But, no, like a typical narcissist you can’t cope out of the limelight.
As Judith wrote on 28 August 2013,
To my mind, Windsor is one of the grubbiest, self serving slugs about when it comes to politicians. … He is an example of the worst kind of politician – a condescending know-it-all who supports policies that are harmful to ordinary people and is only too happy to use taxpayer money to support his pet causes. The pork barrelling that has gone in the seat of New England is just obscene.
I was very unhappy when decided to retire. I would have travelled to New England to campaign against him. His defeat was at the very top of my bucket list.
Well, Judith, it seems that opportunity has presented itself again. I’ll see you in New England, and we can help drive the toad out of New England forever. This is the man who complains about coal mining and yet sold his farm to a wholly owned subsidiary of Whitehaven Coal for almost $5 million.
The leech’s hypocrisy knows no bounds.
Go, prick t...
The first of the Trump anti-Hillary ads and it’s on foreign policy where a very large part of the battle for the presidency will be fought. After the last seven years and by then it will be eight, it will undoubtedly be time for a change, and Obama’s former Secretary of State, the woman who oversaw the disaster in Libya and much else, will definitely not bring that change.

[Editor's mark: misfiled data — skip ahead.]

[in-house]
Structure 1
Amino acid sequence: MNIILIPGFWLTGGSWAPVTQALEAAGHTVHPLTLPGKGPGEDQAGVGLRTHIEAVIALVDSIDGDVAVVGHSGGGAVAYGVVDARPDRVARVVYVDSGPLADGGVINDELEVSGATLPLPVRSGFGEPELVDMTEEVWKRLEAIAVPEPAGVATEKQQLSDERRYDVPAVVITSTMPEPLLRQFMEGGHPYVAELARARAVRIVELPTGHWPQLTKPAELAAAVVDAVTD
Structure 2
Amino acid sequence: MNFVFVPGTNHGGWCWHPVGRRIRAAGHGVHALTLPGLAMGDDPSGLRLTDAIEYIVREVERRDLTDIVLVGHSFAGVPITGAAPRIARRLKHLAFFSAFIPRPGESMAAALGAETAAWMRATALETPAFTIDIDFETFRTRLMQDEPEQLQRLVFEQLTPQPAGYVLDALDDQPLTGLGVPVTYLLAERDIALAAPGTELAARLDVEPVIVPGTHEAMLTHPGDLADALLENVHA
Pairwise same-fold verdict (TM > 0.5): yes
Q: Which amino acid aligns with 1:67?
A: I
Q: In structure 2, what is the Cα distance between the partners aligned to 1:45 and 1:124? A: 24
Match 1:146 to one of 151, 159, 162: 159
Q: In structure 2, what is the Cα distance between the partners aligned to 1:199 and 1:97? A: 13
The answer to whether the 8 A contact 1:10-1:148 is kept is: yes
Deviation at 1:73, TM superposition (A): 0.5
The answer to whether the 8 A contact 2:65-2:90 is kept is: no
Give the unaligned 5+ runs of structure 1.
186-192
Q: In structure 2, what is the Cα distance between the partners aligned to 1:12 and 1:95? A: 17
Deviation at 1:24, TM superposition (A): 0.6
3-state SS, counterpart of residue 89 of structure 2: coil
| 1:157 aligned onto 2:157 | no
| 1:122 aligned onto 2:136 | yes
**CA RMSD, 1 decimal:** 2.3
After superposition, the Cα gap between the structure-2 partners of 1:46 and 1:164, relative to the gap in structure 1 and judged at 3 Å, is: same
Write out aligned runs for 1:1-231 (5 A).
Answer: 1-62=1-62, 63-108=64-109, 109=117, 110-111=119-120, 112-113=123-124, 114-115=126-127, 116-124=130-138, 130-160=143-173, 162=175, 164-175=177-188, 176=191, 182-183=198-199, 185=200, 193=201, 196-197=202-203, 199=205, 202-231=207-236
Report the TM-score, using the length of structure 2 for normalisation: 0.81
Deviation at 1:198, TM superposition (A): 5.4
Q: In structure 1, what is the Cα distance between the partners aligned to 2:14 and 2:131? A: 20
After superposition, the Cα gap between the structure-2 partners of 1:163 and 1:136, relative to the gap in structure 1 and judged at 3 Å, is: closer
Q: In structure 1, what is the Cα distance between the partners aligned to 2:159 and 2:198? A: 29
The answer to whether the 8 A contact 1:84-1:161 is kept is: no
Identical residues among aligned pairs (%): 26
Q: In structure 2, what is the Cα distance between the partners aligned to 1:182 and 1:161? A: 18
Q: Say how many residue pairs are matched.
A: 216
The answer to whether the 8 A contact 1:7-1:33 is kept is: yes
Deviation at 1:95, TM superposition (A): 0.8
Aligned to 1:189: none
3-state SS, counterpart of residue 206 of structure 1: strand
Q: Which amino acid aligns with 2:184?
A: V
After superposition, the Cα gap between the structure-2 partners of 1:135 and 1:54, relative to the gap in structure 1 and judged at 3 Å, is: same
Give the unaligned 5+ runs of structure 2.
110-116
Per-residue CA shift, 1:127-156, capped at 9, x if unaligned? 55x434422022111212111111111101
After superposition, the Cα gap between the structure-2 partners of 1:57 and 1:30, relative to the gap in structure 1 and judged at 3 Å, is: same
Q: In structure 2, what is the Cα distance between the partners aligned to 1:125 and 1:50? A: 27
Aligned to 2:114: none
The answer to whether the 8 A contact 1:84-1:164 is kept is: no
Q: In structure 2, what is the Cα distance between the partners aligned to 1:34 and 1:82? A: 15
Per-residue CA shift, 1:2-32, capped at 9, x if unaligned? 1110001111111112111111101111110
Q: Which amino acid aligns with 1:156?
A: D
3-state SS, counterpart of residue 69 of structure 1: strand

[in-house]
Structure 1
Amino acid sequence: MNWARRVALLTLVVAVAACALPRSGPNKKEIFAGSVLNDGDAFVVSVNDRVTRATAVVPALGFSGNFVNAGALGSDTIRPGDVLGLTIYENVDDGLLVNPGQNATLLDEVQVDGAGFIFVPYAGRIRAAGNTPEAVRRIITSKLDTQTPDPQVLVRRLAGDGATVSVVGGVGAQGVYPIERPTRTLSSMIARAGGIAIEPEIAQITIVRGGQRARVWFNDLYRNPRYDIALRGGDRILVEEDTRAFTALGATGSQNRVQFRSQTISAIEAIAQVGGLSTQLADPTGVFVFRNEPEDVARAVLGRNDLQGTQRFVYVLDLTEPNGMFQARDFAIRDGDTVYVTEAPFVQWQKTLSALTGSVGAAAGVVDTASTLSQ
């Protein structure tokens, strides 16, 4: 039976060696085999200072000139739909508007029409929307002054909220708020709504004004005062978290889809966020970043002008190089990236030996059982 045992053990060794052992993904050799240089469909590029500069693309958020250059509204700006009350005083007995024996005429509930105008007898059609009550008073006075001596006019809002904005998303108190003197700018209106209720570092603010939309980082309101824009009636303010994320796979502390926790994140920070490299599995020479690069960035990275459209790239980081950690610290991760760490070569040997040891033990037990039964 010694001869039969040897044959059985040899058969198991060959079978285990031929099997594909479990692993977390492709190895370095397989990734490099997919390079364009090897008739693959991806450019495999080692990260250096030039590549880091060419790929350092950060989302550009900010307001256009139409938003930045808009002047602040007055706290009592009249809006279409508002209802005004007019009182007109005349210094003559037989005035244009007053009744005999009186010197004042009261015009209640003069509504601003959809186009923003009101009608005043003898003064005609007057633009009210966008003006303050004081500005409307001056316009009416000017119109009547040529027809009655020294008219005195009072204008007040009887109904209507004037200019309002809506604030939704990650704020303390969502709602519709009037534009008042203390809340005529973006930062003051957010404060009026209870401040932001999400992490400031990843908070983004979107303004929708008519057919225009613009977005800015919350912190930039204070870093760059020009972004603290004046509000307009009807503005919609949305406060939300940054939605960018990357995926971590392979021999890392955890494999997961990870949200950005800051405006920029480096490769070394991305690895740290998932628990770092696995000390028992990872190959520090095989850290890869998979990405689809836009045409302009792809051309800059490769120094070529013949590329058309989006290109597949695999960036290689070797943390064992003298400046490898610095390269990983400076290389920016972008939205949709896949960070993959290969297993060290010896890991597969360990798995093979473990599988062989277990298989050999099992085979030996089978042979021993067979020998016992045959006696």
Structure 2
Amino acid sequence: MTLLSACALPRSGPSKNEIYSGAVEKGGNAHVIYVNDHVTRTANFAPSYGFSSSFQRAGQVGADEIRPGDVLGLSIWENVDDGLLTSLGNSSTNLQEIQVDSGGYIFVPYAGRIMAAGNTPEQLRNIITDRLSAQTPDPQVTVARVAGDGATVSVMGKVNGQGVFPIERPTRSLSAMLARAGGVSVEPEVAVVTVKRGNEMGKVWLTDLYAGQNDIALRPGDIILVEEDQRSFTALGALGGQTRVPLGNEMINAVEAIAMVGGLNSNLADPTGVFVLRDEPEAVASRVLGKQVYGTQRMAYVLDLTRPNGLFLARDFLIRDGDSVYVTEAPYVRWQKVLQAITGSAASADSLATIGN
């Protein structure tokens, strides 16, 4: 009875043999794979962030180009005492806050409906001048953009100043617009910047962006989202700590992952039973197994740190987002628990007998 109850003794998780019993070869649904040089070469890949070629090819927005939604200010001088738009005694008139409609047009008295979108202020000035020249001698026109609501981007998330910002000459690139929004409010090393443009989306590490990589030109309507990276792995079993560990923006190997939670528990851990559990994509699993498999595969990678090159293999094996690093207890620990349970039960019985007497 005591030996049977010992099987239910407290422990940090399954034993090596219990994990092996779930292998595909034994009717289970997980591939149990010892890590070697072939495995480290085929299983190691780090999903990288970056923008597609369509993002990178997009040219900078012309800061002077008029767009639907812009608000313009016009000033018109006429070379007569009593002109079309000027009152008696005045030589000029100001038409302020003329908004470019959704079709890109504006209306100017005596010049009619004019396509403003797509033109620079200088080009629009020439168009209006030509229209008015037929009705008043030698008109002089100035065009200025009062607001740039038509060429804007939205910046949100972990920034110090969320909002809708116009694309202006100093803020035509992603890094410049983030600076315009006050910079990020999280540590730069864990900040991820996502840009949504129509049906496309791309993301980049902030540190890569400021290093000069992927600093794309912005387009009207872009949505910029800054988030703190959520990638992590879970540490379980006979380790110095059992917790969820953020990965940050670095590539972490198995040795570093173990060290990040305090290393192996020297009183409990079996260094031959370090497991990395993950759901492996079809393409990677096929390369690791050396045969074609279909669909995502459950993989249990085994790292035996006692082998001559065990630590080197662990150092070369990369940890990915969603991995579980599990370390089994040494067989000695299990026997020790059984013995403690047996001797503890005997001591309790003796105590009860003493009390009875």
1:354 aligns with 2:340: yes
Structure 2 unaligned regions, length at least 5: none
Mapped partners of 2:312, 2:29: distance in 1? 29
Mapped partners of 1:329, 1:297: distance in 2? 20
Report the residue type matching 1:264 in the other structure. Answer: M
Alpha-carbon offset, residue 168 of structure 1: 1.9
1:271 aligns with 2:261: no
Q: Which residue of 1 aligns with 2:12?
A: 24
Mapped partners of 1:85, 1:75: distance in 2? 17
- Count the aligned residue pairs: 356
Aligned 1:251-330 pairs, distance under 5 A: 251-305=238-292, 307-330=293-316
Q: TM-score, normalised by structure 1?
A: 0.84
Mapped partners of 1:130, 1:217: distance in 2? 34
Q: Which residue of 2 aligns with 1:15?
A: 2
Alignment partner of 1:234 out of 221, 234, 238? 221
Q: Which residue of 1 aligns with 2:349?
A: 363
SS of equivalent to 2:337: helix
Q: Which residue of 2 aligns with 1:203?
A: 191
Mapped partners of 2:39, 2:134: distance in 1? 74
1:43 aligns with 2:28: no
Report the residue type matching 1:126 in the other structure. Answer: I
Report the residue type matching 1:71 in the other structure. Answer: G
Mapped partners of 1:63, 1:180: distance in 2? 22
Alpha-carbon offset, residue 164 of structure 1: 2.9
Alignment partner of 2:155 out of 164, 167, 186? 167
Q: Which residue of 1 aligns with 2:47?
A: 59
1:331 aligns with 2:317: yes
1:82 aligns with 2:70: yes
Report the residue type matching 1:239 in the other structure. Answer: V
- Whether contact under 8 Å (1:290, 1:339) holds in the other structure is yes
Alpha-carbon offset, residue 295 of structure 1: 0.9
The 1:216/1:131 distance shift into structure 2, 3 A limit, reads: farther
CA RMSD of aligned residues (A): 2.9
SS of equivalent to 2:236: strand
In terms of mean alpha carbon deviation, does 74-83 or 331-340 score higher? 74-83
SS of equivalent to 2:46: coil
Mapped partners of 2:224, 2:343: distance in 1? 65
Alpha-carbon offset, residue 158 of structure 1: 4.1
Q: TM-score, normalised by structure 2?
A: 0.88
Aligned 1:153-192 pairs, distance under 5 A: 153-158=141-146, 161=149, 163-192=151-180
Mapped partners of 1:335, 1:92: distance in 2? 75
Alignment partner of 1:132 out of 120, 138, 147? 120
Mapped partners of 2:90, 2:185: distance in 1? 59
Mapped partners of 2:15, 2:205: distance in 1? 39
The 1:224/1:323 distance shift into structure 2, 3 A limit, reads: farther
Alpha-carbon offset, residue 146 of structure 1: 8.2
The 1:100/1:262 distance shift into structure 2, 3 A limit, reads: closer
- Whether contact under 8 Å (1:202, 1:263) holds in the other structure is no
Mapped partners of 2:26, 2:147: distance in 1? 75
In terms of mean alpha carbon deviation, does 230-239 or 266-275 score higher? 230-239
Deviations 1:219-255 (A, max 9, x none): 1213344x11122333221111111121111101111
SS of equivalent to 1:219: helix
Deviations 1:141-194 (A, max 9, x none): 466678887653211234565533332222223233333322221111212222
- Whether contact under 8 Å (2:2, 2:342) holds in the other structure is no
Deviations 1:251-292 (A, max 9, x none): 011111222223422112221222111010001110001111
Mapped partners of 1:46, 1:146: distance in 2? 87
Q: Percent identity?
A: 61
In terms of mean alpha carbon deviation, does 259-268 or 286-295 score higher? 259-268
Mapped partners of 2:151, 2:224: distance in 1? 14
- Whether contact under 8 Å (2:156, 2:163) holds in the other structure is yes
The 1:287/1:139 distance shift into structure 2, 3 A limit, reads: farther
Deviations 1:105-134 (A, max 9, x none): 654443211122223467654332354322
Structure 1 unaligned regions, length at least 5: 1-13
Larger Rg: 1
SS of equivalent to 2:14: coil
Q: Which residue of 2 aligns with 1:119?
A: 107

It’s hard to imagine how bad Obama’s foreign policy has been. Here in this article by Niall Ferguson we get some of it but hardly the full horror of its incompetence and arrogant stupidity. It’s from The Atlantic and titled, Barack Obama’s Revolution in Foreign Policy. The first para sets the scene:
It is a criticism I have heard from more than one person who has worked with President Obama: that he regards himself as the smartest person in the room—any room. Jeffrey Goldberg’s fascinating article reveals that this is a considerable understatement. The president seems to think he is the smartest person in the world, perhaps ever.
And after traipsing through Obama’s deep thoughts on foreign policy, this is where we end.
If you think you are smarter than every foreign-policy expert in the room, any room, then it is tempting to make up your own grand strategy. That is what Obama has done, to an extent that even his critics underestimate. There is no “Obama doctrine”; rather, we see here a full-blown revolution in American foreign policy. And this revolution can be summed up as follows: The foes shall become friends, and the friends foes. . . .
If the arc of history is in fact bending toward Islamic extremism, sectarian conflict, networks...
|IndyWatch Aussie Politics Feed Archiver|
IndyWatch Aussie Politics Feed was generated at Australian News IndyWatch.